• Get your wills, powers of attorneys, and other legal documents knocked out while you have access to free legal assistance.
    • About a year out, pull your medical records and find a VSO (Veterans Service Organization) that will help you navigate the VA.
    • If you are ETSing or going through UQR, schedule your VA medical evaluation at a convenient time.
    • Start researching things like insurance plans (HMO vs PPO).
    • SFL-TAP: Soldier for Life - Transition Assistance Program. You can schedule this up to one year out from ETS date. Clearing SFL-TAP is required to get orders/clearing papers and unlocks multiple other opportunities such as internships (Rainier Cyber can help secure internships).
    • SFL-TAP in-brief (pre-separation and initial counseling): You can either do the in-brief physically in person or through schedule to join their conference call. This in-brief is where you start the SFL-TAP process. You cannot schedule anything else (like the DOL workshop) without this inbrief. The in person option can have a three-month wait to start depending on post. The phone option usually has space within a week. You can schedule your conference call in-brief at the 24-hour SFL-TAP hotline at 1-800-325-4715.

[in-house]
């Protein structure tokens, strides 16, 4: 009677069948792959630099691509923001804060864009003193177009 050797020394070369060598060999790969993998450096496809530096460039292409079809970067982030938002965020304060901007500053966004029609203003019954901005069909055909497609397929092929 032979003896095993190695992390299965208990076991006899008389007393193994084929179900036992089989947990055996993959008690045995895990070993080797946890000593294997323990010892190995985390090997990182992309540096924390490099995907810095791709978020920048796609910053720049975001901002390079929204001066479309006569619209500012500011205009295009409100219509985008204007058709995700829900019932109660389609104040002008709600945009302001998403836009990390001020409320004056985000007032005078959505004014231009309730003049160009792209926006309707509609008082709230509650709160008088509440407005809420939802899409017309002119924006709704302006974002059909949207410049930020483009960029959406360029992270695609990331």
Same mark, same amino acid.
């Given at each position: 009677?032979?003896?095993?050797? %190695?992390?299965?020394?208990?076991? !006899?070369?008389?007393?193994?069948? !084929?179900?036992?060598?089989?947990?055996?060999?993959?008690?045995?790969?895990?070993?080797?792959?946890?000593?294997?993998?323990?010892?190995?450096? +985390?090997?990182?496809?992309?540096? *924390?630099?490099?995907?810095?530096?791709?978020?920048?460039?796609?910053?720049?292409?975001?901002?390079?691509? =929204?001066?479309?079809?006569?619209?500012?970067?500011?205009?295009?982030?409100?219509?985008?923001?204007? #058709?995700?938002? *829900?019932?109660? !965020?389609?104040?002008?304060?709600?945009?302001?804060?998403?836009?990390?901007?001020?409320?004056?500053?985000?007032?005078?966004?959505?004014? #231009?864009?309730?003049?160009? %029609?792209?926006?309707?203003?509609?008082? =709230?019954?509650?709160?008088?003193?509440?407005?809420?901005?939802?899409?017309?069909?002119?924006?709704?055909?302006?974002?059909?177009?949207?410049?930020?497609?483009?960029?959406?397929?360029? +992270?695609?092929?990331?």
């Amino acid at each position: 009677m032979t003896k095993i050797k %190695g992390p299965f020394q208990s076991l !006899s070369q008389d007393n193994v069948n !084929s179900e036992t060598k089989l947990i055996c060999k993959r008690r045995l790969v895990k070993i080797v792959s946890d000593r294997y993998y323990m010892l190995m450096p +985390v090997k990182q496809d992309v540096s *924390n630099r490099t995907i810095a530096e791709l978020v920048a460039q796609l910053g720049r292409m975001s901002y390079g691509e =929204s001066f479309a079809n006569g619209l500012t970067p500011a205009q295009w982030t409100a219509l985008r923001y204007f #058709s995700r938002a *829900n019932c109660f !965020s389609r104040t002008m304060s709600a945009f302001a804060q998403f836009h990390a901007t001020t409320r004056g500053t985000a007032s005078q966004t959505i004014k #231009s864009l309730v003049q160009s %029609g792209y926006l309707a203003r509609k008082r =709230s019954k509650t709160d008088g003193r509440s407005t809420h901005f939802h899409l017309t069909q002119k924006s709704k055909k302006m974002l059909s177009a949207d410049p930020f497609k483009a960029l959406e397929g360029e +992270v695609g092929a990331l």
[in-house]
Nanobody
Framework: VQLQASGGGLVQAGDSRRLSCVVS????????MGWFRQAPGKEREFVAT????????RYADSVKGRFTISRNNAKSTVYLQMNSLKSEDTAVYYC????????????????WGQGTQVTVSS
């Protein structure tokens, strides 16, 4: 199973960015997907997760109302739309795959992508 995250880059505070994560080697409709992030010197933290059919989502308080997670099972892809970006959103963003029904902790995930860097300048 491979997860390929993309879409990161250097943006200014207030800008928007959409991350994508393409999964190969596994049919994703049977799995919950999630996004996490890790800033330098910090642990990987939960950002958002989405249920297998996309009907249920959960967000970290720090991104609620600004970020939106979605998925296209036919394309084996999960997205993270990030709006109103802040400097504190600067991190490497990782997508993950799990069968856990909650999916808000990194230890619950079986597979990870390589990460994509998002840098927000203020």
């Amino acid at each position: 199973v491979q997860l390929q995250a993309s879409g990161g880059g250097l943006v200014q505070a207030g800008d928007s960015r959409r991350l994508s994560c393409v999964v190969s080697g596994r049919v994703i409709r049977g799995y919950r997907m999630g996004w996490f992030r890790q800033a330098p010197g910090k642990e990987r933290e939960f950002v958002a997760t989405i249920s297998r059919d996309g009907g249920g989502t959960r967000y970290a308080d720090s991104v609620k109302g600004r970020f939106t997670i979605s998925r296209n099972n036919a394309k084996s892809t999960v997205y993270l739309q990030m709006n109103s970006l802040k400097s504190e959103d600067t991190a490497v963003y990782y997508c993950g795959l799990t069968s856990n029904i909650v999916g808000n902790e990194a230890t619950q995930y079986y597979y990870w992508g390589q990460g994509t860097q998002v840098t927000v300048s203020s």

• SFL-TAP Class COA 1 – This is the best option. Go in-person to all five days, Monday to Friday. Uniform is professional business attire. The middle three days (Wednesday-Thursday) is the DOL Workshop. There are some good nuggets here and a lot of dedicated time to work on your resume, LinkedIn profile, personal statement, and just general time dedicated to some reflection and figuring out what you want to do when you get out.
    • SFL-TAP Class COA 2 - Do your in-brief and then you can schedule the 5-day program. Go first day and last day. You can get excused from the DOL workshop when a company wants to hire you and gives you an offer letter. We recommend you physically go to the DOL workshop but we want you to know that this is an option.
    • SFL-TAP COA 3 - Complete initial counseling and then complete the SFL-TAP Class Days 1&5 online at JKO (See COA 2 for info about the DOL workshop). Check to ensure the following JKO list is current! JKO SFL-TAP Equivalency